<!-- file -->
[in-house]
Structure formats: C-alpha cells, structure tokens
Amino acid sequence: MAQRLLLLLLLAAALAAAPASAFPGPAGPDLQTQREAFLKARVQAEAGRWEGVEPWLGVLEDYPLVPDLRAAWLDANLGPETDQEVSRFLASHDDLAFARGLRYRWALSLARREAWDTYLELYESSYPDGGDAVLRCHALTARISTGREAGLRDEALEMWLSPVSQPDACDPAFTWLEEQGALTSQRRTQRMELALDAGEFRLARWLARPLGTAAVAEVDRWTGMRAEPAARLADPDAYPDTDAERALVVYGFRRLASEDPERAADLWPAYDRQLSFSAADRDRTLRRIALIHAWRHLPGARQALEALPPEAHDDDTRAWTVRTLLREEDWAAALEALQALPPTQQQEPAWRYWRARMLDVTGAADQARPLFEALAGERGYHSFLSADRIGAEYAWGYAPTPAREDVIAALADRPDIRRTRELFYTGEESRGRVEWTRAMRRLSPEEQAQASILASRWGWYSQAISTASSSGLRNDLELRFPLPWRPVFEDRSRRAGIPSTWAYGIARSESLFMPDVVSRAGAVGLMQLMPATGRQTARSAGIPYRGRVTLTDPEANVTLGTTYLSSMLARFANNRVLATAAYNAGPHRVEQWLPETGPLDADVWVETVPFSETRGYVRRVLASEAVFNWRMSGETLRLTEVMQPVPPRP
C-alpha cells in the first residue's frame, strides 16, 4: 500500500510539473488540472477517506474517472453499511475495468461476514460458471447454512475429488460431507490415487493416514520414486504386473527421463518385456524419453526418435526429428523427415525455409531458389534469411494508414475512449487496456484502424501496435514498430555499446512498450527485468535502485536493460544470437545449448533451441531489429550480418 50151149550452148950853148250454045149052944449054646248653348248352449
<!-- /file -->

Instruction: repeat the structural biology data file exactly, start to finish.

[in-house]
Structure formats: C-alpha cells, structure tokens
Amino acid sequence: MAQRLLLLLLLAAALAAAPASAFPGPAGPDLQTQREAFLKARVQAEAGRWEGVEPWLGVLEDYPLVPDLRAAWLDANLGPETDQEVSRFLASHDDLAFARGLRYRWALSLARREAWDTYLELYESSYPDGGDAVLRCHALTARISTGREAGLRDEALEMWLSPVSQPDACDPAFTWLEEQGALTSQRRTQRMELALDAGEFRLARWLARPLGTAAVAEVDRWTGMRAEPAARLADPDAYPDTDAERALVVYGFRRLASEDPERAADLWPAYDRQLSFSAADRDRTLRRIALIHAWRHLPGARQALEALPPEAHDDDTRAWTVRTLLREEDWAAALEALQALPPTQQQEPAWRYWRARMLDVTGAADQARPLFEALAGERGYHSFLSADRIGAEYAWGYAPTPAREDVIAALADRPDIRRTRELFYTGEESRGRVEWTRAMRRLSPEEQAQASILASRWGWYSQAISTASSSGLRNDLELRFPLPWRPVFEDRSRRAGIPSTWAYGIARSESLFMPDVVSRAGAVGLMQLMPATGRQTARSAGIPYRGRVTLTDPEANVTLGTTYLSSMLARFANNRVLATAAYNAGPHRVEQWLPETGPLDADVWVETVPFSETRGYVRRVLASEAVFNWRMSGETLRLTEVMQPVPPRP
C-alpha cells in the first residue's frame, strides 16, 4: 500500500510539473488540472477517506474517472453499511475495468461476514460458471447454512475429488460431507490415487493416514520414486504386473527421463518385456524419453526418435526429428523427415525455409531458389534469411494508414475512449487496456484502424501496435514498430555499446512498450527485468535502485536493460544470437545449448533451441531489429550480418 50151149550452148950853148250454045149052944449054646248653348248352449